We’ve created a sample checklist with the most important steps to take before launching your business in Cyprus:
a) Decide on the aim of your business and its legal structure (e.g. limited liability company, partnership);
b) Build a business model and a financial plan;
c) Build your marketing strategy;
d) Incorporate your business model, financial plan, marketing strategy and all other relevant information into your business plan;
e) Identify financing resources and opportunities;
f) Choose your premises (physical address);
g) Choose a name for your entity;
h) Incorporate as a legal entity;
i) Register with the Tax Department;
j) Register for VAT;
k) Register for VIES (the VAT exemption when trading with other EU countries);
l) Register at the Social Insurance Services;
m) Register any intellectual property rights;
n) Recruit your team of professionals;
o) Start promoting your business.
Do you own a business and want to distinguish your products or services in the marketplace? The intellectual and industrial property portal provides information and advice on: the different types of trade marks, how to search for a trade mark, where to get professional advice, and the conditions your trade mark must meet in order to be registered and protected locally and abroad.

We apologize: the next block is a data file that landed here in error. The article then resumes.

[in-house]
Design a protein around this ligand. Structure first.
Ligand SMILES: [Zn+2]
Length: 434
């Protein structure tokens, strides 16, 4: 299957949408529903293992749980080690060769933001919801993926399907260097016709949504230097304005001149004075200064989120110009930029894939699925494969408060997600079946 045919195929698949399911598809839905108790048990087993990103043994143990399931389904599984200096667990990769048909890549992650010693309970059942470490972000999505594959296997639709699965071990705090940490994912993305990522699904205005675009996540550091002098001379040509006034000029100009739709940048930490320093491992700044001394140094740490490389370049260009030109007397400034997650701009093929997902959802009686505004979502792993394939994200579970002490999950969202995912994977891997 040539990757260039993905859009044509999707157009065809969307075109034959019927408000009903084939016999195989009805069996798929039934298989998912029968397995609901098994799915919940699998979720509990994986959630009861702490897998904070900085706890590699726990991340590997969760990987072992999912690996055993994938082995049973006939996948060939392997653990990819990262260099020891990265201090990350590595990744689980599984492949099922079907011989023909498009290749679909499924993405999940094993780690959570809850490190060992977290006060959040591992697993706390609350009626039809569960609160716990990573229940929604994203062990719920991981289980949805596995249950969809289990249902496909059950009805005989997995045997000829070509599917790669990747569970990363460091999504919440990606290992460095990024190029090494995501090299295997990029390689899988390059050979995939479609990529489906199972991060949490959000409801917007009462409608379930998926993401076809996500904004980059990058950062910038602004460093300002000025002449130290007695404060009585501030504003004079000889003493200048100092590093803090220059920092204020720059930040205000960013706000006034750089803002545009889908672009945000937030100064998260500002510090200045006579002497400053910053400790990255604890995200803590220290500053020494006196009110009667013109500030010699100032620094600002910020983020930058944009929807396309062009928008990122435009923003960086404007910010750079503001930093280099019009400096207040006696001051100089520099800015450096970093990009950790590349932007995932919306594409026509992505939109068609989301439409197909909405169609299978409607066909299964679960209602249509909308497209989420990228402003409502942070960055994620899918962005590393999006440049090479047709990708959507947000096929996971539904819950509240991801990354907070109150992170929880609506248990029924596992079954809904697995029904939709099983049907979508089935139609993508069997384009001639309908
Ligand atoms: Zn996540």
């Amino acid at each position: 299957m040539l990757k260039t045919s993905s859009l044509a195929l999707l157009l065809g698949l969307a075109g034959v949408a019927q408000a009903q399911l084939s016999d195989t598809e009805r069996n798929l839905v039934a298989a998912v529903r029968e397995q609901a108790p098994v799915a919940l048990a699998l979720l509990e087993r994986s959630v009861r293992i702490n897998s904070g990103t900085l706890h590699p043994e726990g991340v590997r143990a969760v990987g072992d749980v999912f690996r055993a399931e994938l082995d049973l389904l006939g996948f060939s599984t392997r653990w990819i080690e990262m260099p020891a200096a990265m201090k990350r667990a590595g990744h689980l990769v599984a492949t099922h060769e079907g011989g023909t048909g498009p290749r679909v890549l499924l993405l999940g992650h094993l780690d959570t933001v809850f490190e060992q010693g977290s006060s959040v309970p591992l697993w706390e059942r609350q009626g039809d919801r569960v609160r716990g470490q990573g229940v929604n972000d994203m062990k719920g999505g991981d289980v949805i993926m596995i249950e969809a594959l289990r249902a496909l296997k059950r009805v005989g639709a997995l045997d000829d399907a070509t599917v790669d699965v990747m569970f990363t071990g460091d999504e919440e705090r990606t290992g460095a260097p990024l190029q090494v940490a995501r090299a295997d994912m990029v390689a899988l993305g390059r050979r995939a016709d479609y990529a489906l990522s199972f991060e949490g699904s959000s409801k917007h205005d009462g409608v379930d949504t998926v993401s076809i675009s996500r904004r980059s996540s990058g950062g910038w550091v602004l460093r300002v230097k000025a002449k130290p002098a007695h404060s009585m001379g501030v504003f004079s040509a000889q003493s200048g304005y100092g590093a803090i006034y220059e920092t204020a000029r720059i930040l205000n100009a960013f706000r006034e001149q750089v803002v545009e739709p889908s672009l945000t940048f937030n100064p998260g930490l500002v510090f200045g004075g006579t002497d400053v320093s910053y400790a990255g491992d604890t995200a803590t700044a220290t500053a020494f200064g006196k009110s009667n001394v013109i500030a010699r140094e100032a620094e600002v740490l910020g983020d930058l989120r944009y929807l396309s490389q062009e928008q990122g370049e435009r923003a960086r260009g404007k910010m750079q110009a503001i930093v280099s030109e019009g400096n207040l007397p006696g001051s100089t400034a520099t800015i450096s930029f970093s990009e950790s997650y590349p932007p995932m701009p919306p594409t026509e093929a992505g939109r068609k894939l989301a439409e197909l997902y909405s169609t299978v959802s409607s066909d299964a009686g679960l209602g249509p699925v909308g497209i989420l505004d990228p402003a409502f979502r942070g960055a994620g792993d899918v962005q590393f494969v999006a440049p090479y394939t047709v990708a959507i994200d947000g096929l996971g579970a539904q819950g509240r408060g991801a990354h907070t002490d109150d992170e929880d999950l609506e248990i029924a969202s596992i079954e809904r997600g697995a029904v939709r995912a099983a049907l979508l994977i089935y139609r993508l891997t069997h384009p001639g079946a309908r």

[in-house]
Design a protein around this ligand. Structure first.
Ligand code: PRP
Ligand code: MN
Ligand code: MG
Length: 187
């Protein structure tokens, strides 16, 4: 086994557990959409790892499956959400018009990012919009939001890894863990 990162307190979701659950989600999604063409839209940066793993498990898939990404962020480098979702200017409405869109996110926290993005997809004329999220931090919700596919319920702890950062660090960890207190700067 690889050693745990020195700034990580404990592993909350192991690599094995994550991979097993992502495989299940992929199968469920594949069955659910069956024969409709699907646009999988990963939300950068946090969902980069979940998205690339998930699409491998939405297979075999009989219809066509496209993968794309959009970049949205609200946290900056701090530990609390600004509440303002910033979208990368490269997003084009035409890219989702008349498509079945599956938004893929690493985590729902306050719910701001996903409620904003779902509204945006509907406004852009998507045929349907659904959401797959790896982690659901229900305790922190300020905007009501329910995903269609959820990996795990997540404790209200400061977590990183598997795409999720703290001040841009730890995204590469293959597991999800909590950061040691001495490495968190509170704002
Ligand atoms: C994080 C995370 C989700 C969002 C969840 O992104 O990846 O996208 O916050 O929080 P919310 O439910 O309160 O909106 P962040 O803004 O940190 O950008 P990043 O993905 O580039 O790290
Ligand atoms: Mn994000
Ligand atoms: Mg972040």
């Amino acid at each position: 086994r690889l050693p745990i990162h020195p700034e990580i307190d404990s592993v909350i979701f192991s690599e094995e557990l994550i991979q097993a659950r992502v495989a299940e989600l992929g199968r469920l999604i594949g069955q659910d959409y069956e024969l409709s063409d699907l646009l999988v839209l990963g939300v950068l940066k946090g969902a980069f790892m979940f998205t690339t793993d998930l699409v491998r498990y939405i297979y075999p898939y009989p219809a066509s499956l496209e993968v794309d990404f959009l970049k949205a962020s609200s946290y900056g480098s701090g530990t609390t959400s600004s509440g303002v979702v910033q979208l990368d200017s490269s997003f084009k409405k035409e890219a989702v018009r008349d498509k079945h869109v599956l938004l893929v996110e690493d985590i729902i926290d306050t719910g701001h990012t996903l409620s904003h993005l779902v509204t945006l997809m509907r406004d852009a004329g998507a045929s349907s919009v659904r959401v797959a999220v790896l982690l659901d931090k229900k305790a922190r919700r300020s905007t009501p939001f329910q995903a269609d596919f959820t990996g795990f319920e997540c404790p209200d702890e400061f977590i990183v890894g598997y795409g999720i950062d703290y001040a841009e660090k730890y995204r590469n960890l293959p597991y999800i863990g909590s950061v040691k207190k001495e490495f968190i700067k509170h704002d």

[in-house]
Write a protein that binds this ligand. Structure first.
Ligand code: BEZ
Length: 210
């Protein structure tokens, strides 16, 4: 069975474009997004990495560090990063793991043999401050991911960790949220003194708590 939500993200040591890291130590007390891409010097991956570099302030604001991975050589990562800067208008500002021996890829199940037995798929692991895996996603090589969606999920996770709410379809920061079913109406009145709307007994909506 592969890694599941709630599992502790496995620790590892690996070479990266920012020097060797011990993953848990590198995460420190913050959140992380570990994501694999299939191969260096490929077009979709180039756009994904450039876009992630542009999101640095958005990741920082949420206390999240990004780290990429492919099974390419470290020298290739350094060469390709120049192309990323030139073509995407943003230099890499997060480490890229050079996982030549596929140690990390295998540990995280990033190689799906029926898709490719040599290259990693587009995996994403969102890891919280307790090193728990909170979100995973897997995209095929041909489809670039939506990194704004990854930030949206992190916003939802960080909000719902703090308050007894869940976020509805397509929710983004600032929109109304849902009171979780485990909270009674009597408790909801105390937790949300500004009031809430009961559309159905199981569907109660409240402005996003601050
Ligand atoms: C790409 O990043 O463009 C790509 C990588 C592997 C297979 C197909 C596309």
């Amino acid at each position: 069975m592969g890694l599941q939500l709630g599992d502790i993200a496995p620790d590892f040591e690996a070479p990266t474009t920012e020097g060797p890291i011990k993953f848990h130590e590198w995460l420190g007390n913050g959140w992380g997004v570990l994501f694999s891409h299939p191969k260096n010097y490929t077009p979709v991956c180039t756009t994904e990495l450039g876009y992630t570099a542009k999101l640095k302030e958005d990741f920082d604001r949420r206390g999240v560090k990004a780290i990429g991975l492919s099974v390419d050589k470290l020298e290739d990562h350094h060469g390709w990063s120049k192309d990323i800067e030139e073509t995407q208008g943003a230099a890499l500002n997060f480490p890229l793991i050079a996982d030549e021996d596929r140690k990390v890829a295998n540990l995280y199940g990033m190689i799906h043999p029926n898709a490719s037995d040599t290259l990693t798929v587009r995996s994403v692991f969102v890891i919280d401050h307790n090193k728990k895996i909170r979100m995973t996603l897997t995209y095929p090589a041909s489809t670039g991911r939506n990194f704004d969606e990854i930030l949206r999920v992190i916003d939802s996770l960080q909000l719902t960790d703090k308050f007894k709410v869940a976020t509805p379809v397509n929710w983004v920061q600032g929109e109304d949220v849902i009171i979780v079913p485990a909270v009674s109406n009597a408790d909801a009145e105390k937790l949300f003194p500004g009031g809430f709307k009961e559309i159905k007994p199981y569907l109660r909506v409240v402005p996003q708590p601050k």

Having a digital presence is indispensable in business development. It allows you to sell products and services online, and promotes your brand internationally.
If you want your business website to communicate that you are based in Cyprus, you can opt for a domain name ending in ‘.com.cy’. Domain name availability can be researched at the University of Cyprus’ website.
Once you have found a domain name that suits your business purposes you can register it here.
a) Income tax;
b) Value Added Tax (VAT);
c) Social Insurance contributions.
More information about how to register for taxation can be found here
Certain business activities may conflict with legislation or regulations that are typically applied in the Cypriot market, or may cause risk to people’s lives or finances. These businesses require special licences and come under stricter regulatory controls.
You can find a detailed list of licensing requirements for special business cases here.
Trading and selling common products, especially within EU, does not ordinarily require a special licence.
However, certain goods and services traded with third countries outside of the EU may require special licences, and be liable for VAT, as well as customs fees. Find out more on this link.
Importing or exporting certain goods is prohibited or restricted under the law. Restrictions usually entail authorization or inspection from the relevant governmental department. Prohibitions and restrictions are put in place to protect society as well as the environment. They look to safeguard social ethics, order and security, to protect public health or the health of animals or plant-life, as well as industrial and commercial property, archaeological sites and cultural artifacts. At the link, you will find a non-exhaustive list of prohibited and restricted imports and exports.
For further information, you can also contact Customs Headquarters at 22601679 & 22601652, or fax them at 22602769.